LANSING — A federal judge in Yakima, Washington, today granted a request from Michigan Attorney General Dana Nessel and a coalition of states for a nationwide injunction forcing the U.S. Postal Service to immediately halt drastic operational changes.
Judge Stanley A. Bastian will issue a detailed written order later today. In its motion for a preliminary injunction, the coalition of states asked the judge to order the Postal Service to:
Immediately stop its “leave mail behind” policy, where postal trucks are required to leave at specified times, regardless if there is mail still to be loaded;
Continue its longstanding practice of treating all election mail as First Class mail, regardless of the paid postage;
Replace, reassemble or reconnect any removed mail-sorting machines that are needed to ensure timely processing and delivery of election mail; and
Abide by Postmaster General Louis DeJoy’s public commitment to suspend the recent policy changes that have affected mail service until after the election.
The judge said his order would substantially follow the coalition’s motion.
"Today’s decision is a significant step toward ensuring our upcoming elections are not tainted by the political motivations of Postmaster General DeJoy,” Nessel said. “I am pleased with the Court’s decision and will work with my colleagues to make sure the U.S. Postal Service follows through on the Court’s orders and that other agencies and individuals do not take actions to compromise the security of our elections.”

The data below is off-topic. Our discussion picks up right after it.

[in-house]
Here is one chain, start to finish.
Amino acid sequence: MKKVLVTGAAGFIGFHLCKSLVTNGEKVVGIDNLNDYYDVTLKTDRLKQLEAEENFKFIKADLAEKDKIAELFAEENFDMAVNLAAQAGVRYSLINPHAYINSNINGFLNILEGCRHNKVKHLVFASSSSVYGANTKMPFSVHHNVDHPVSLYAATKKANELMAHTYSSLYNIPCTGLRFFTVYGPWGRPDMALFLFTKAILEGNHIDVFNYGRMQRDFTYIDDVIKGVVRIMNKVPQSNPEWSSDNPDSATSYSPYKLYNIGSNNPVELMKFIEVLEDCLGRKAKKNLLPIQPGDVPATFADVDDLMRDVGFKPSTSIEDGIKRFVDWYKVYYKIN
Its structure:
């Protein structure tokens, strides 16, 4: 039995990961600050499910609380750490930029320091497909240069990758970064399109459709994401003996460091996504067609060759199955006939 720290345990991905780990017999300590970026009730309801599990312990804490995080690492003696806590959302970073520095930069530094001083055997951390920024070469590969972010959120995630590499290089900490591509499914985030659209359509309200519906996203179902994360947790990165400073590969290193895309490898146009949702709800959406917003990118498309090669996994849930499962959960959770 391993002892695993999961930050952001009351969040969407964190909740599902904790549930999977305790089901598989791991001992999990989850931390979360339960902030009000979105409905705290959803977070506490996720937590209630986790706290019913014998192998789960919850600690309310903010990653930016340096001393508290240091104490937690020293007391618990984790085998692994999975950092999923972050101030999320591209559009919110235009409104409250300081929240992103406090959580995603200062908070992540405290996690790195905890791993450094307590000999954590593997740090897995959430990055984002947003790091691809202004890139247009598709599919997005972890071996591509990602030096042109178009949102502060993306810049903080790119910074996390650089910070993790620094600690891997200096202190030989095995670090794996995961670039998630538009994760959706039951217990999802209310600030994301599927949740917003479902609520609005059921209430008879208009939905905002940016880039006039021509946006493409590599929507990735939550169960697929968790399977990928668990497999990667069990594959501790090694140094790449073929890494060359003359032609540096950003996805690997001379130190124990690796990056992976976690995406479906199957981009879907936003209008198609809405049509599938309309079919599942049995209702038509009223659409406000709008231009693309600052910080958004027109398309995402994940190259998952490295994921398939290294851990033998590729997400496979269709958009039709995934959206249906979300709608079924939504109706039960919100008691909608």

Attorney General Nessel joined a coalition of 14 states led by Washington Attorney General Bob Ferguson that filed a lawsuit over the changes to the Postal Service on Aug. 18. The coalition includes battleground states, including Michigan, Nevada and Wisconsin. The Postal Service changes, including eliminating or reducing staff overtime, halting outgoing mail processing at state distribution centers and removing critical mail sorting equipment, threaten the timely delivery of mail to millions of Americans who rely on the Postal Service for everything from medical prescriptions to ballots.
The lawsuit asserts that the postmaster general unlawfully implemented drastic changes to mail service, and seeks to stop the service reductions. Immediately after the lawsuit was filed, the postmaster general made public commitments that he would halt some — but not all — of those changes. Since that time, mail delays continue, and questions remain about what changes are still in effect.
The changes at the Postal Service come as President Donald Trump continues to claim without evidence that widespread vote-by-mail will lead to a fraudulent election. Washington state, for example, has allowed elections to be conducted completely by mail-in ballot since 2005, and mandated the practice statewide in 2011. The state has not experienced voter fraud at any significant level.
Changes impact seniors, veterans
The Postal Service changes have impacted more than mail-in elections. They also impair critical mail services that many seniors and veterans rely upon.